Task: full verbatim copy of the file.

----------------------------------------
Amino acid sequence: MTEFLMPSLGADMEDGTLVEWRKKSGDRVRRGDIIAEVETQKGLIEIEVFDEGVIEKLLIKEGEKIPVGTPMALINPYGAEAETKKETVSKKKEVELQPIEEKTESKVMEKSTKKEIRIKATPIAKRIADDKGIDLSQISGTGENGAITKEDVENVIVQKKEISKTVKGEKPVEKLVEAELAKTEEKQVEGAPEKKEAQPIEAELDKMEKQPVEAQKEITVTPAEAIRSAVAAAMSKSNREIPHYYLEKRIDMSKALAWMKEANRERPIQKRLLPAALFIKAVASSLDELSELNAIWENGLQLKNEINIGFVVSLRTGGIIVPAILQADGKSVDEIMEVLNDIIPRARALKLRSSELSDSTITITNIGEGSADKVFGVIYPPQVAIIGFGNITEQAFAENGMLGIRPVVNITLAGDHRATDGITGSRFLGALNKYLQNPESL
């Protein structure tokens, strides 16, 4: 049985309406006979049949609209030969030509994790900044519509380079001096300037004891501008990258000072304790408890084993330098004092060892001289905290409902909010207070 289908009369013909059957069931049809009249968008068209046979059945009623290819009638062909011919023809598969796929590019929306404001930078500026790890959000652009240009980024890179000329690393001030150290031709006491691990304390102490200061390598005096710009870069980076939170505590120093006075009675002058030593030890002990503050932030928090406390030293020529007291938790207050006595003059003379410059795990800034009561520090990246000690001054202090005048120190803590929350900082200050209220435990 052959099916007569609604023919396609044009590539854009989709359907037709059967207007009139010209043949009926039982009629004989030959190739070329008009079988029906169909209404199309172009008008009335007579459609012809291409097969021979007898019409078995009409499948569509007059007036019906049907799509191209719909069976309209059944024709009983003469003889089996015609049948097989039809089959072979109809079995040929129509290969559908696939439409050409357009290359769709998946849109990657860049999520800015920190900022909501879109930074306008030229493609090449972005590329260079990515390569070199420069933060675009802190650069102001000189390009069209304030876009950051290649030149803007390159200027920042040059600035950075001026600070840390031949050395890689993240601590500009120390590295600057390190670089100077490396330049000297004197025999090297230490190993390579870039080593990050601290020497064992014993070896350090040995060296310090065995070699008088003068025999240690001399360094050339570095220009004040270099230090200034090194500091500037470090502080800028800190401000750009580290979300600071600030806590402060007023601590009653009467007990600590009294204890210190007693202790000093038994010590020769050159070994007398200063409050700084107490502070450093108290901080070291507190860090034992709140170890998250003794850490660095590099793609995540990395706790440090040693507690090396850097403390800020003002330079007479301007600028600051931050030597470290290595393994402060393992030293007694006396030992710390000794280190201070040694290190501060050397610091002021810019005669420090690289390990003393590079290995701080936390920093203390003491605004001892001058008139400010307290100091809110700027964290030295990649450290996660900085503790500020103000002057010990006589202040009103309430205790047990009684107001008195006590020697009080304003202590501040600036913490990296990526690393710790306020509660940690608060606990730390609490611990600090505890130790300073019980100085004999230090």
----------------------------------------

Amino acid sequence: MTEFLMPSLGADMEDGTLVEWRKKSGDRVRRGDIIAEVETQKGLIEIEVFDEGVIEKLLIKEGEKIPVGTPMALINPYGAEAETKKETVSKKKEVELQPIEEKTESKVMEKSTKKEIRIKATPIAKRIADDKGIDLSQISGTGENGAITKEDVENVIVQKKEISKTVKGEKPVEKLVEAELAKTEEKQVEGAPEKKEAQPIEAELDKMEKQPVEAQKEITVTPAEAIRSAVAAAMSKSNREIPHYYLEKRIDMSKALAWMKEANRERPIQKRLLPAALFIKAVASSLDELSELNAIWENGLQLKNEINIGFVVSLRTGGIIVPAILQADGKSVDEIMEVLNDIIPRARALKLRSSELSDSTITITNIGEGSADKVFGVIYPPQVAIIGFGNITEQAFAENGMLGIRPVVNITLAGDHRATDGITGSRFLGALNKYLQNPESL
């Protein structure tokens, strides 16, 4: 049985309406006979049949609209030969030509994790900044519509380079001096300037004891501008990258000072304790408890084993330098004092060892001289905290409902909010207070 289908009369013909059957069931049809009249968008068209046979059945009623290819009638062909011919023809598969796929590019929306404001930078500026790890959000652009240009980024890179000329690393001030150290031709006491691990304390102490200061390598005096710009870069980076939170505590120093006075009675002058030593030890002990503050932030928090406390030293020529007291938790207050006595003059003379410059795990800034009561520090990246000690001054202090005048120190803590929350900082200050209220435990 052959099916007569609604023919396609044009590539854009989709359907037709059967207007009139010209043949009926039982009629004989030959190739070329008009079988029906169909209404199309172009008008009335007579459609012809291409097969021979007898019409078995009409499948569509007059007036019906049907799509191209719909069976309209059944024709009983003469003889089996015609049948097989039809089959072979109809079995040929129509290969559908696939439409050409357009290359769709998946849109990657860049999520800015920190900022909501879109930074306008030229493609090449972005590329260079990515390569070199420069933060675009802190650069102001000189390009069209304030876009950051290649030149803007390159200027920042040059600035950075001026600070840390031949050395890689993240601590500009120390590295600057390190670089100077490396330049000297004197025999090297230490190993390579870039080593990050601290020497064992014993070896350090040995060296310090065995070699008088003068025999240690001399360094050339570095220009004040270099230090200034090194500091500037470090502080800028800190401000750009580290979300600071600030806590402060007023601590009653009467007990600590009294204890210190007693202790000093038994010590020769050159070994007398200063409050700084107490502070450093108290901080070291507190860090034992709140170890998250003794850490660095590099793609995540990395706790440090040693507690090396850097403390800020003002330079007479301007600028600051931050030597470290290595393994402060393992030293007694006396030992710390000794280190201070040694290190501060050397610091002021810019005669420090690289390990003393590079290995701080936390920093203390003491605004001892001058008139400010307290100091809110700027964290030295990649450290996660900085503790500020103000002057010990006589202040009103309430205790047990009684107001008195006590020697009080304003202590501040600036913490990296990526690393710790306020509660940690608060606990730390609490611990600090505890130790300073019980100085004999230090």